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Martin,

The marvels of modern technology. Yes indeed you could and
maybe can do this marvellous playing with stems and keeping
data on each compbination. Effectively this means you are
almost storing all the combinations as if they were
different questions - which is what TAL does. There is an
interesting difference in conception between you proposal
which potentially offers the world a single standard
normalised question set. The approach on TAL is to say that
each course will want to use the same question in a
different context and so they will want to have different
metrics (Time-to-do and facility) for each question.

Clearly if you have been drilling students on how to
perform a particular type of question they would find it
easier and quicker to do the question than if you expect
them to work out how to do the question from first
principles.

Jon Sims Williams
On Thu, 22 Mar 2001 18:53:37 -0000 Martin Schranz
<[log in to unmask]> wrote:

> > Dear Martin and David,
> >
> > Thank you for clarifying the issue for me. Yes you can
> > generate all these marvellous number of questions from a
> > set of possible answers. The problem will be that all the
> > generated questions will have different difficulties. This
> > does not matter if you are just providing students with
> > practice but if you want to use the results for formal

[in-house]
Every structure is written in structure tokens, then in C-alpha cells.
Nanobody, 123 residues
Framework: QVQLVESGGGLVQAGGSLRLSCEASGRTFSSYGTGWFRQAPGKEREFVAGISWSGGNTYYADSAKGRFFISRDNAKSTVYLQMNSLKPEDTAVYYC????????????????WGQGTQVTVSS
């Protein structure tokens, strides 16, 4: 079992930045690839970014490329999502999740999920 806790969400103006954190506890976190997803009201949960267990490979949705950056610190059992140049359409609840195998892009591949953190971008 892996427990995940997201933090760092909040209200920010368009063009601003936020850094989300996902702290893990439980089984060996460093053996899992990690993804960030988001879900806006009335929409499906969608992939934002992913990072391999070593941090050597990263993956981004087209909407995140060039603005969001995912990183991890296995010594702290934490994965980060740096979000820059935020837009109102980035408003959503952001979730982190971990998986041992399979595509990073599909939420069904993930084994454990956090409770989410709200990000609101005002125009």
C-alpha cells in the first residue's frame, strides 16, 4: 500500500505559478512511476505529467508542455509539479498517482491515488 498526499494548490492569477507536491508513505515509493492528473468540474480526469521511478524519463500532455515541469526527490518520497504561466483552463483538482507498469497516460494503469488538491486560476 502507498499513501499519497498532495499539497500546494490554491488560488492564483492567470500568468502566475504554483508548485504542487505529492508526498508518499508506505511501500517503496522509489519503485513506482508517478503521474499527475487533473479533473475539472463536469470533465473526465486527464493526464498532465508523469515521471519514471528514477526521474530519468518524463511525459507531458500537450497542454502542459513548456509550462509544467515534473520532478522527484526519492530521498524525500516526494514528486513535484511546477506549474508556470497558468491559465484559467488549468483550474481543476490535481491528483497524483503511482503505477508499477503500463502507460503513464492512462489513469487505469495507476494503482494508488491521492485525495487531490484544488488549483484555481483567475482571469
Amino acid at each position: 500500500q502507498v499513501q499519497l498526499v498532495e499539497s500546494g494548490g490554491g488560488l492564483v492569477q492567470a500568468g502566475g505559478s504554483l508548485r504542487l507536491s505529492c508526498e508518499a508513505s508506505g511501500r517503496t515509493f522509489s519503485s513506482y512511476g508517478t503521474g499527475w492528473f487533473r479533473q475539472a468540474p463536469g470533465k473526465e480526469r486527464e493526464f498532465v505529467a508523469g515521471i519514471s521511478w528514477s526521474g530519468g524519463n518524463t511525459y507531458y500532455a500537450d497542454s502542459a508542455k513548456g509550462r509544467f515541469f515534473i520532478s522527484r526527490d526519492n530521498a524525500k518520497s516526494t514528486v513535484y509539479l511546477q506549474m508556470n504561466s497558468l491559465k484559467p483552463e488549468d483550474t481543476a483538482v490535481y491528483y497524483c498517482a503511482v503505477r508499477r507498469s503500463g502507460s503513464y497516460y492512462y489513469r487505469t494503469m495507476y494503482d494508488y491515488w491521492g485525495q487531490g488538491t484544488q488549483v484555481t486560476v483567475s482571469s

> > assessment then getting questions of random difficulty is a
> > problem.
>
> Jon Sims Williams
>
> there is an easy  solution to the problem varying difficulty ,
>
> the 'master' table that controls the interactions between the different
> 'statements' also contains a field that  describes the difficulty of this
> 'relationship',
> the 'difficulty' of the question is not predetermined by anyone but is
> actually created on the fly from a continous calculation based on
> 1. the rate of attempts at this question
> 2. the rate of correct answers to this question
> 3. the rating of each individual attempting this question (how good or bad
> the student is)
>
> each attempt at a question is logged, including the time, location and
> profile of the individual student,
> in addition there is a table totally dedicated to recording the history of
> each student, this table can be accessed by both the student and the tutor
> allowing for personalised tuition that need not be synchronised in time and
> place,
>
>
> in this way the database provides a 'real'  factual calculation of the
> difficulty of each question which is not tainted by tutor bias,
>
> regards

----------------------
Jon Sims Williams
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